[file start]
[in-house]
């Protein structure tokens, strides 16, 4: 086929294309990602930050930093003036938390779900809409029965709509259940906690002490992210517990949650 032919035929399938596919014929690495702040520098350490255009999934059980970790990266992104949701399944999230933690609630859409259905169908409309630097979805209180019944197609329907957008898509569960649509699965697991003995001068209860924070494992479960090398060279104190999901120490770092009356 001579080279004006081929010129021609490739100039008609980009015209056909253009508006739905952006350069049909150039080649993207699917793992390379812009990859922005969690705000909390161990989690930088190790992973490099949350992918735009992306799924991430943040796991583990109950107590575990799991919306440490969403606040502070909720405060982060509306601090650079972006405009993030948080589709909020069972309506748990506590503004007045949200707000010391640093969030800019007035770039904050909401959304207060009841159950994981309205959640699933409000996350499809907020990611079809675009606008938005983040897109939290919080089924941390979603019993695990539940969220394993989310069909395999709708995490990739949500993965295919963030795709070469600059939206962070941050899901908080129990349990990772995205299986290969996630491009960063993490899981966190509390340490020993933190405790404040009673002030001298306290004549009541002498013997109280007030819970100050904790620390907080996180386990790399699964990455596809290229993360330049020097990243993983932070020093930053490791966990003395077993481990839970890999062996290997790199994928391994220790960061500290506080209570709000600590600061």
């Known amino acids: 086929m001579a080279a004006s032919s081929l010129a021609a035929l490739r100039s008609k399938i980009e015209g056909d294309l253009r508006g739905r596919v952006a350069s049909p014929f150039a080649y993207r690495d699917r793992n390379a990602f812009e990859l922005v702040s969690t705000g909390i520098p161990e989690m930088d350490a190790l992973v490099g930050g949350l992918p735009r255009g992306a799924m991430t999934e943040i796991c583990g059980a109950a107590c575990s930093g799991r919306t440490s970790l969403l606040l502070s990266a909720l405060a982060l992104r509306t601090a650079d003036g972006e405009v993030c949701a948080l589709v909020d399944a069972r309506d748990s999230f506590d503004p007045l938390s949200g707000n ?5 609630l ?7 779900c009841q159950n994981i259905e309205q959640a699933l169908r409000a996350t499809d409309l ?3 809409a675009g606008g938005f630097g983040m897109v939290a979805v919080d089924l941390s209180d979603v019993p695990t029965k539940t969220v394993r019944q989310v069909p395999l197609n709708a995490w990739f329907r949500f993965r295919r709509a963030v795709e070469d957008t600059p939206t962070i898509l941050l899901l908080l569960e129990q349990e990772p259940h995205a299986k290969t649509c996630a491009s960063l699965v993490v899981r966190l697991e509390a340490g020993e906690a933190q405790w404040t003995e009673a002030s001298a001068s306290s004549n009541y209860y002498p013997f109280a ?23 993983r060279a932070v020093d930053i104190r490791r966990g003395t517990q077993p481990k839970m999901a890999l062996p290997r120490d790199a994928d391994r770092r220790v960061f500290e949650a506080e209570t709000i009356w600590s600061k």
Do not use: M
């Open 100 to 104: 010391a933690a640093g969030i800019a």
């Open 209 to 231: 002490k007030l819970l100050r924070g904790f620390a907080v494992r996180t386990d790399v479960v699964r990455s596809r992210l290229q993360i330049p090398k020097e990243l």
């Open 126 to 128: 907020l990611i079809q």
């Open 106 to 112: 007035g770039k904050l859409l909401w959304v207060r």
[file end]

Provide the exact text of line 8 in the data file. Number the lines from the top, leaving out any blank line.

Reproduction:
């Open 106 to 112: 007035g770039k904050l859409l909401w959304v207060r």